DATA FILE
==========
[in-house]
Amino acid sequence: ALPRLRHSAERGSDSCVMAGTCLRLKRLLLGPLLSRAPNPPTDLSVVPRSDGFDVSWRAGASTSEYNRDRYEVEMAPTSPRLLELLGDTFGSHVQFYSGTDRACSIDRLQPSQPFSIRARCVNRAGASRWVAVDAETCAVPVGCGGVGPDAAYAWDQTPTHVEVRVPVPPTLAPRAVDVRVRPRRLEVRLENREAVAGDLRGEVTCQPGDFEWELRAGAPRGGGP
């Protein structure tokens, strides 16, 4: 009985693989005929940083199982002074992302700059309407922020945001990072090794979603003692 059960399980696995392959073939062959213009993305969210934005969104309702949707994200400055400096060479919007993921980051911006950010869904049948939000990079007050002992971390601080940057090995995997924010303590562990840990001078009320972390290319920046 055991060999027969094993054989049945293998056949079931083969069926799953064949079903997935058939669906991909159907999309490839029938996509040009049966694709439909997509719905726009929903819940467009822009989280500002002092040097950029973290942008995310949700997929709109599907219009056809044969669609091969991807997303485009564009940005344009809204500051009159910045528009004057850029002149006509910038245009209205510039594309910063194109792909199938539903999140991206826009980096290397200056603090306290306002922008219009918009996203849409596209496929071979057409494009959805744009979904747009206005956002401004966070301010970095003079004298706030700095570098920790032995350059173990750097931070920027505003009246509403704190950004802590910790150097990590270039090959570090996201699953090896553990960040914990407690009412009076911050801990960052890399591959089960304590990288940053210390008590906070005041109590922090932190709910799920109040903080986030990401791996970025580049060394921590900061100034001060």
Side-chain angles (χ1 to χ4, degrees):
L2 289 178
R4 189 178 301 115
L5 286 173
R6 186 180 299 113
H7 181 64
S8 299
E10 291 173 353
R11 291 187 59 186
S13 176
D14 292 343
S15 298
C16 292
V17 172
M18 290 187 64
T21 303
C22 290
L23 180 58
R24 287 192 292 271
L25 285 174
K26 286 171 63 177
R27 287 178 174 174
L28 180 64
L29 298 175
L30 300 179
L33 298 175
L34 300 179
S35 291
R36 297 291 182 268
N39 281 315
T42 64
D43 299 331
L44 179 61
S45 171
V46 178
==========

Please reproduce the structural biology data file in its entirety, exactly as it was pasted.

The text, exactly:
[in-house]
Amino acid sequence: ALPRLRHSAERGSDSCVMAGTCLRLKRLLLGPLLSRAPNPPTDLSVVPRSDGFDVSWRAGASTSEYNRDRYEVEMAPTSPRLLELLGDTFGSHVQFYSGTDRACSIDRLQPSQPFSIRARCVNRAGASRWVAVDAETCAVPVGCGGVGPDAAYAWDQTPTHVEVRVPVPPTLAPRAVDVRVRPRRLEVRLENREAVAGDLRGEVTCQPGDFEWELRAGAPRGGGP
């Protein structure tokens, strides 16, 4: 009985693989005929940083199982002074992302700059309407922020945001990072090794979603003692 059960399980696995392959073939062959213009993305969210934005969104309702949707994200400055400096060479919007993921980051911006950010869904049948939000990079007050002992971390601080940057090995995997924010303590562990840990001078009320972390290319920046 055991060999027969094993054989049945293998056949079931083969069926799953064949079903997935058939669906991909159907999309490839029938996509040009049966694709439909997509719905726009929903819940467009822009989280500002002092040097950029973290942008995310949700997929709109599907219009056809044969669609091969991807997303485009564009940005344009809204500051009159910045528009004057850029002149006509910038245009209205510039594309910063194109792909199938539903999140991206826009980096290397200056603090306290306002922008219009918009996203849409596209496929071979057409494009959805744009979904747009206005956002401004966070301010970095003079004298706030700095570098920790032995350059173990750097931070920027505003009246509403704190950004802590910790150097990590270039090959570090996201699953090896553990960040914990407690009412009076911050801990960052890399591959089960304590990288940053210390008590906070005041109590922090932190709910799920109040903080986030990401791996970025580049060394921590900061100034001060």
Side-chain angles (χ1 to χ4, degrees):
L2 289 178
R4 189 178 301 115
L5 286 173
R6 186 180 299 113
H7 181 64
S8 299
E10 291 173 353
R11 291 187 59 186
S13 176
D14 292 343
S15 298
C16 292
V17 172
M18 290 187 64
T21 303
C22 290
L23 180 58
R24 287 192 292 271
L25 285 174
K26 286 171 63 177
R27 287 178 174 174
L28 180 64
L29 298 175
L30 300 179
L33 298 175
L34 300 179
S35 291
R36 297 291 182 268
N39 281 315
T42 64
D43 299 331
L44 179 61
S45 171
V46 178